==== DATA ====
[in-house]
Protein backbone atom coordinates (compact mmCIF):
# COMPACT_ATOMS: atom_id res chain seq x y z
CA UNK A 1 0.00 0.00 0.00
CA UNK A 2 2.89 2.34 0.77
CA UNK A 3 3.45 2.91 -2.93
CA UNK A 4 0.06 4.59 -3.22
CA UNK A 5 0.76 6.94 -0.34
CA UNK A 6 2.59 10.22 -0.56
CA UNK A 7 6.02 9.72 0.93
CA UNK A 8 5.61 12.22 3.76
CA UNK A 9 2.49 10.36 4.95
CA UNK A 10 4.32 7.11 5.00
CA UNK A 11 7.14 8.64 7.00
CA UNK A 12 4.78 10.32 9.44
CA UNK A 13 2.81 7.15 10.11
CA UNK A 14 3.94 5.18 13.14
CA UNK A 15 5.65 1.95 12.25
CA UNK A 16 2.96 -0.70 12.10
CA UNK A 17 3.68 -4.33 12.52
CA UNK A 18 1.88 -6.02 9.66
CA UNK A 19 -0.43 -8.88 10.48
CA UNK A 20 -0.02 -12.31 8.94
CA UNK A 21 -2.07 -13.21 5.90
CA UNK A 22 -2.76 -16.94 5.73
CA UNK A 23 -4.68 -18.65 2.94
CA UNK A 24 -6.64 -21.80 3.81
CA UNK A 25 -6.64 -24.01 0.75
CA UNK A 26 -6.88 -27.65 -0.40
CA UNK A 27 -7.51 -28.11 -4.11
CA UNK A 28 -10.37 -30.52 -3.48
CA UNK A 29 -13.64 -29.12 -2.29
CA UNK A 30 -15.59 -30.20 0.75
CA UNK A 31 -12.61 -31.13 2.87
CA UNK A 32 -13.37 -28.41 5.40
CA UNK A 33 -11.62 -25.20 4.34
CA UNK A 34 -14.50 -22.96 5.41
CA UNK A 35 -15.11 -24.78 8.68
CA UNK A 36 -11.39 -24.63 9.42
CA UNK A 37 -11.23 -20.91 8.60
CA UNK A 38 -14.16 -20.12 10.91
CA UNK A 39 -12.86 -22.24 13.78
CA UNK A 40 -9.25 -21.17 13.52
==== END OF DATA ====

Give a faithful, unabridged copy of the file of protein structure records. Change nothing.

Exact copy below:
[in-house]
Protein backbone atom coordinates (compact mmCIF):
# COMPACT_ATOMS: atom_id res chain seq x y z
CA UNK A 1 0.00 0.00 0.00
CA UNK A 2 2.89 2.34 0.77
CA UNK A 3 3.45 2.91 -2.93
CA UNK A 4 0.06 4.59 -3.22
CA UNK A 5 0.76 6.94 -0.34
CA UNK A 6 2.59 10.22 -0.56
CA UNK A 7 6.02 9.72 0.93
CA UNK A 8 5.61 12.22 3.76
CA UNK A 9 2.49 10.36 4.95
CA UNK A 10 4.32 7.11 5.00
CA UNK A 11 7.14 8.64 7.00
CA UNK A 12 4.78 10.32 9.44
CA UNK A 13 2.81 7.15 10.11
CA UNK A 14 3.94 5.18 13.14
CA UNK A 15 5.65 1.95 12.25
CA UNK A 16 2.96 -0.70 12.10
CA UNK A 17 3.68 -4.33 12.52
CA UNK A 18 1.88 -6.02 9.66
CA UNK A 19 -0.43 -8.88 10.48
CA UNK A 20 -0.02 -12.31 8.94
CA UNK A 21 -2.07 -13.21 5.90
CA UNK A 22 -2.76 -16.94 5.73
CA UNK A 23 -4.68 -18.65 2.94
CA UNK A 24 -6.64 -21.80 3.81
CA UNK A 25 -6.64 -24.01 0.75
CA UNK A 26 -6.88 -27.65 -0.40
CA UNK A 27 -7.51 -28.11 -4.11
CA UNK A 28 -10.37 -30.52 -3.48
CA UNK A 29 -13.64 -29.12 -2.29
CA UNK A 30 -15.59 -30.20 0.75
CA UNK A 31 -12.61 -31.13 2.87
CA UNK A 32 -13.37 -28.41 5.40
CA UNK A 33 -11.62 -25.20 4.34
CA UNK A 34 -14.50 -22.96 5.41
CA UNK A 35 -15.11 -24.78 8.68
CA UNK A 36 -11.39 -24.63 9.42
CA UNK A 37 -11.23 -20.91 8.60
CA UNK A 38 -14.16 -20.12 10.91
CA UNK A 39 -12.86 -22.24 13.78
CA UNK A 40 -9.25 -21.17 13.52